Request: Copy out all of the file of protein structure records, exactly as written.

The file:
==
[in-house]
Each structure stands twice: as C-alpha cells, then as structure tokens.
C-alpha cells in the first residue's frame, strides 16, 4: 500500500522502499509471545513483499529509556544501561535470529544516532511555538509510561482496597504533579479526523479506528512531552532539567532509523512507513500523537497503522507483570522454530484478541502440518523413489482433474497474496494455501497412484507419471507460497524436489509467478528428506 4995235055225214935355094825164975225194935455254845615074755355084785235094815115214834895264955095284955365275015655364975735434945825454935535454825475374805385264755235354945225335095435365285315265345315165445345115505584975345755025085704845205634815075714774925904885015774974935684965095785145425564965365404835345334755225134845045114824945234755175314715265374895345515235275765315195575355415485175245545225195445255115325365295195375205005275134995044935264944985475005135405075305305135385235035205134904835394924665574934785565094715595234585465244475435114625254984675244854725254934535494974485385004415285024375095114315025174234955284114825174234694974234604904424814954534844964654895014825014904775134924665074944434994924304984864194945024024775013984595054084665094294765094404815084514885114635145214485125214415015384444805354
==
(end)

[in-house]
Each structure stands twice: as C-alpha cells, then as structure tokens.
C-alpha cells in the first residue's frame, strides 16, 4: 500500500522502499509471545513483499529509556544501561535470529544516532511555538509510561482496597504533579479526523479506528512531552532539567532509523512507513500523537497503522507483570522454530484478541502440518523413489482433474497474496494455501497412484507419471507460497524436489509467478528428506 4995235055225214935355094825164975225194935455254845615074755355084785235094815115214834895264955095284955365275015655364975735434945825454935535454825475374805385264755235354945225335095435365285315265345315165445345115505584975345755025085704845205634815075714774925904885015774974935684965095785145425564965365404835345334755225134845045114824945234755175314715265374895345515235275765315195575355415485175245545225195445255115325365295195375205005275134995044935264944985475005135405075305305135385235035205134904835394924665574934785565094715595234585465244475435114625254984675244854725254934535494974485385004415285024375095114315025174234955284114825174234694974234604904424814954534844964654895014825014904775134924665074944434994924304984864194945024024775013984595054084665094294765094404815084514885114635145214485125214415015384444805354